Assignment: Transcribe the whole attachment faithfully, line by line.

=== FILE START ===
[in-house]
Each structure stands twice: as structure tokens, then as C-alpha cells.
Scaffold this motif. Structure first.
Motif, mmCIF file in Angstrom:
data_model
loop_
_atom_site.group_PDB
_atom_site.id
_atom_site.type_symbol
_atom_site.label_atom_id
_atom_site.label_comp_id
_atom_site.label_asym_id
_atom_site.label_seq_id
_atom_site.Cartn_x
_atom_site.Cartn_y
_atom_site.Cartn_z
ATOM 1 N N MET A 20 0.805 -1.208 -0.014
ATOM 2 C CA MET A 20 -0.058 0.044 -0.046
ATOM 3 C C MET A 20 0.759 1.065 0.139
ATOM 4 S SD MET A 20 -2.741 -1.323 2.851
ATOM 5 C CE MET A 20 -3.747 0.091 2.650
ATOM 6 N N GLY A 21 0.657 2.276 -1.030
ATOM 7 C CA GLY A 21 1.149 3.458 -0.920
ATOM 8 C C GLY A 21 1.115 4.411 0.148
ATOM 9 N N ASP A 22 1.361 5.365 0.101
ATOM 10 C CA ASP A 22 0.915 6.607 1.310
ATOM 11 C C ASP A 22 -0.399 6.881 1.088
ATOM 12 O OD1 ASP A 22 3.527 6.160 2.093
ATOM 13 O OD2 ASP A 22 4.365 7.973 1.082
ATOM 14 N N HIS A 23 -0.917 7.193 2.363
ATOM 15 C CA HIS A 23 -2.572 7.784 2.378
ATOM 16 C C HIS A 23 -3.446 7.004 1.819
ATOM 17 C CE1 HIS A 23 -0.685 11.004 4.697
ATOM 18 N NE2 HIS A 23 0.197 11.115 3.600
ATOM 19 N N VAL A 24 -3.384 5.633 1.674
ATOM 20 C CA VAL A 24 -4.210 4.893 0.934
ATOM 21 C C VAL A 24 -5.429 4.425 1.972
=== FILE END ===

[in-house]
Each structure stands twice: as structure tokens, then as C-alpha cells.
Scaffold this motif. Structure first.
Motif, mmCIF file in Angstrom:
data_model
loop_
_atom_site.group_PDB
_atom_site.id
_atom_site.type_symbol
_atom_site.label_atom_id
_atom_site.label_comp_id
_atom_site.label_asym_id
_atom_site.label_seq_id
_atom_site.Cartn_x
_atom_site.Cartn_y
_atom_site.Cartn_z
ATOM 1 N N MET A 20 0.805 -1.208 -0.014
ATOM 2 C CA MET A 20 -0.058 0.044 -0.046
ATOM 3 C C MET A 20 0.759 1.065 0.139
ATOM 4 S SD MET A 20 -2.741 -1.323 2.851
ATOM 5 C CE MET A 20 -3.747 0.091 2.650
ATOM 6 N N GLY A 21 0.657 2.276 -1.030
ATOM 7 C CA GLY A 21 1.149 3.458 -0.920
ATOM 8 C C GLY A 21 1.115 4.411 0.148
ATOM 9 N N ASP A 22 1.361 5.365 0.101
ATOM 10 C CA ASP A 22 0.915 6.607 1.310
ATOM 11 C C ASP A 22 -0.399 6.881 1.088
ATOM 12 O OD1 ASP A 22 3.527 6.160 2.093
ATOM 13 O OD2 ASP A 22 4.365 7.973 1.082
ATOM 14 N N HIS A 23 -0.917 7.193 2.363
ATOM 15 C CA HIS A 23 -2.572 7.784 2.378
ATOM 16 C C HIS A 23 -3.446 7.004 1.819
ATOM 17 C CE1 HIS A 23 -0.685 11.004 4.697
ATOM 18 N NE2 HIS A 23 0.197 11.115 3.600
ATOM 19 N N VAL A 24 -3.384 5.633 1.674
ATOM 20 C CA VAL A 24 -4.210 4.893 0.934
ATOM 21 C C VAL A 24 -5.429 4.425 1.972